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The "Day Two Agenda" Lesson is part of the full, Zero to Production Node.js on Amazon Web Services course featured in this preview video. Here's what you'd learn in this lesson:

Kevin kicks of the second day of his Zero to Production with Node.js workshop by talking through the agenda. In response to an audience question, Kevin also describes at a high level the way administrators would store application credentials in S3 so individual developers do not have direct access to them.

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Transcript from the "Day Two Agenda" Lesson

>> [MUSIC]

>> Kevin Whinnery: Today, we're gonna look a little bit at starting off with kind of a deeper dive on the front end part of our application. So we sort of hand waved at the primary tools in the front end tool chain a little bit. But I wanted to dive in a little bit further and kind of explain some of the things that are going on there, and some of the tools we're bringing to bear.

[00:00:25] Did you have a question mark or-
>> Speaker 2: Yeah, fill [INAUDIBLE] to see an example of how to properly stores credentials in S3 like we suggested yesterday.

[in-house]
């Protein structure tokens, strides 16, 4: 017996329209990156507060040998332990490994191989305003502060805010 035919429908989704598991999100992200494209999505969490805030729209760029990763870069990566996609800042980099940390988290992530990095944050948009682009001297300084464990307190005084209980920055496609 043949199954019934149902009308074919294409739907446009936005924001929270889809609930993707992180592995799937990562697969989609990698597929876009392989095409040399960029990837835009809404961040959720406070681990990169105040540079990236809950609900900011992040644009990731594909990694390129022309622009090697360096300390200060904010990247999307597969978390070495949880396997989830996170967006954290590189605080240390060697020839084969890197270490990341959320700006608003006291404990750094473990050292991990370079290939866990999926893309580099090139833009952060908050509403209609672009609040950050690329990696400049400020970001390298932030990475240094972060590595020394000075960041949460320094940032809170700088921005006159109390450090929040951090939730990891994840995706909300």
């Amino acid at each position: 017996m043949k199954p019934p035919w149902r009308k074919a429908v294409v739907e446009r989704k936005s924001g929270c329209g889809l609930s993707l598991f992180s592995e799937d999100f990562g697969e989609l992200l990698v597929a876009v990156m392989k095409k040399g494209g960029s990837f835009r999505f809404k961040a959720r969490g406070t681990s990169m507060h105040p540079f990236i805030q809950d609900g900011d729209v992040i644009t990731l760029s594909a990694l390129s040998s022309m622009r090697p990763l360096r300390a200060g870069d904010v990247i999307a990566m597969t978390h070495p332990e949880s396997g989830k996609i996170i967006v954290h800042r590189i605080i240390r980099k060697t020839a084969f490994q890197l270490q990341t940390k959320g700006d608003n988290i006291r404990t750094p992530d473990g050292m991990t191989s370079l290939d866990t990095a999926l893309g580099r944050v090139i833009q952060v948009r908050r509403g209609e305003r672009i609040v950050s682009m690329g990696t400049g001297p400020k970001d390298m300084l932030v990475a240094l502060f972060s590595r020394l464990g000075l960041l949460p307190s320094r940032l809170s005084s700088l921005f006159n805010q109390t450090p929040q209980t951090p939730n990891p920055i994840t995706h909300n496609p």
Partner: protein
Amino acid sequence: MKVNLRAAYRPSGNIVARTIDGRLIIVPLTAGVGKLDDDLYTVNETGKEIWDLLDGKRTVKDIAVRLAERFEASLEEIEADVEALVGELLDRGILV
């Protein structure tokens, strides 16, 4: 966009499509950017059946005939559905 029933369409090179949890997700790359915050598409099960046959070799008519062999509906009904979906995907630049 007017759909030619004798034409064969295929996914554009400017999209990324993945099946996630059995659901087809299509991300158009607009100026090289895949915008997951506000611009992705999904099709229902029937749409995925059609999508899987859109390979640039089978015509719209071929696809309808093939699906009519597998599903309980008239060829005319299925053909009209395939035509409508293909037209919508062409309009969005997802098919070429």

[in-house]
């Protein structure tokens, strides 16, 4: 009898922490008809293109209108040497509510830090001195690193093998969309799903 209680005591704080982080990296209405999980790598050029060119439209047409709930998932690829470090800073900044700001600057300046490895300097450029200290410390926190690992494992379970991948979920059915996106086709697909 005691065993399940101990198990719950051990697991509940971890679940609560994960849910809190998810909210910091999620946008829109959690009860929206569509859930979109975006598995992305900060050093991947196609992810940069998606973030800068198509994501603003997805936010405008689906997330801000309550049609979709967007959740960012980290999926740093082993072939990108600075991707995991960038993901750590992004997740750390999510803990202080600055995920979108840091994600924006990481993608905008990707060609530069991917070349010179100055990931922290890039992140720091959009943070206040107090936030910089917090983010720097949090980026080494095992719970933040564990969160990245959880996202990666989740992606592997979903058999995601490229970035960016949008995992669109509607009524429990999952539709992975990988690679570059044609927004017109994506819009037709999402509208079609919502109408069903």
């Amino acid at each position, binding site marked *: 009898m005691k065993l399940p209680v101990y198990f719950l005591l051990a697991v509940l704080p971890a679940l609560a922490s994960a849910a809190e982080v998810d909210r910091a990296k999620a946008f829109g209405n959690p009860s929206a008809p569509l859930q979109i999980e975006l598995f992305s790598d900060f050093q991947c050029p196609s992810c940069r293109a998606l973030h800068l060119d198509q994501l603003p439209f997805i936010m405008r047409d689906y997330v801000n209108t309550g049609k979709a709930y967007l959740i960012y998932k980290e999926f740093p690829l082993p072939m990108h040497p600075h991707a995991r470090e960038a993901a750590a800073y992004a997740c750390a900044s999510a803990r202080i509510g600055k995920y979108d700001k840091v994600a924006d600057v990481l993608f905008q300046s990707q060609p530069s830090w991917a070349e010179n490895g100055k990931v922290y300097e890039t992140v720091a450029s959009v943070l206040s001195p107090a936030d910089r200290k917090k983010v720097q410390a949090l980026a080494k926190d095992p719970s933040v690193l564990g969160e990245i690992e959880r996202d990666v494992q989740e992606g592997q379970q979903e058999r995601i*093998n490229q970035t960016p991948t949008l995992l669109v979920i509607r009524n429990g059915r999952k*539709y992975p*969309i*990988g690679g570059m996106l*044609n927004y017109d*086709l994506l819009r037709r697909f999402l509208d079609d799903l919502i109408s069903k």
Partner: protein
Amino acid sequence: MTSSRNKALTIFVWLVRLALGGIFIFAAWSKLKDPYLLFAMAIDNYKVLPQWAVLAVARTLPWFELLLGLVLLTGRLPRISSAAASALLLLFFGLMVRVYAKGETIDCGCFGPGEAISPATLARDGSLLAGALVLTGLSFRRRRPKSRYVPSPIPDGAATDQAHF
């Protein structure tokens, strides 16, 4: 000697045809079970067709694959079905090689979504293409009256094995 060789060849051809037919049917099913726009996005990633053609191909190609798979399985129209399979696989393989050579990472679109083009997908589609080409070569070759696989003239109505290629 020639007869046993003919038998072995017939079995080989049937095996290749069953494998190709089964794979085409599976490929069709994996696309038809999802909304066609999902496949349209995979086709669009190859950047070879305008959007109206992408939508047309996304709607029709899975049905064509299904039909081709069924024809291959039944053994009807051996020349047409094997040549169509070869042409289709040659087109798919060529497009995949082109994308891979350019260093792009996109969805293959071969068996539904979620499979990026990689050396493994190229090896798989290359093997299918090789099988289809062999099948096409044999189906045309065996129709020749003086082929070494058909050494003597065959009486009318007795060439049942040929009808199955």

>> Kevin Whinnery: Yeah, yeah, definitely. I don't have that in the materials, but maybe over lunch, I can whip something up to show that.

[00:00:49] It's really just a matter of creating an S3 Bucket, uploading a credential file there, and then accessing that S3 Bucket from your instances. But that's essentially what it is, and there are different ways to accomplish that, but having an S3 bucket with restricted access such that only members of a certain, kind of like we do with our [INAUDIBLE] such that only members of a certain group can have access to that bucket.

[00:01:20] So in theory, you can you can configure it such that an administrator creates credentials, creates the connection strings. That administrator uploads those values to an S3 bucket. And only the instances running in production have access to actually read that S3 bucket. So me as the developer, I never know what those values are, and when I deploy my application I read in those values from S3 because I only have access to that bucket in production.

[00:01:49] And that's that's kind of what we do with our production environment and our ops team. They provision the credentials, and they give our production instances access to that bucket, and then we read in those credentials from there. So at a high level, that's how it works. But yeah, I'll see if I can do a specific example, but that's essentially what it would it be.

[00:02:13] Provisioning an S3 Bucket, and giving permissions to the Node app to read from that bucket, but only in production. So again I think what we're gonna lead off with today is driving a little bit more onto the front end tool chain. We'll start off with a little look at BrowserFI and Sask, kind of the two primary tools we're using for JavaScript and CSS code pre-processing.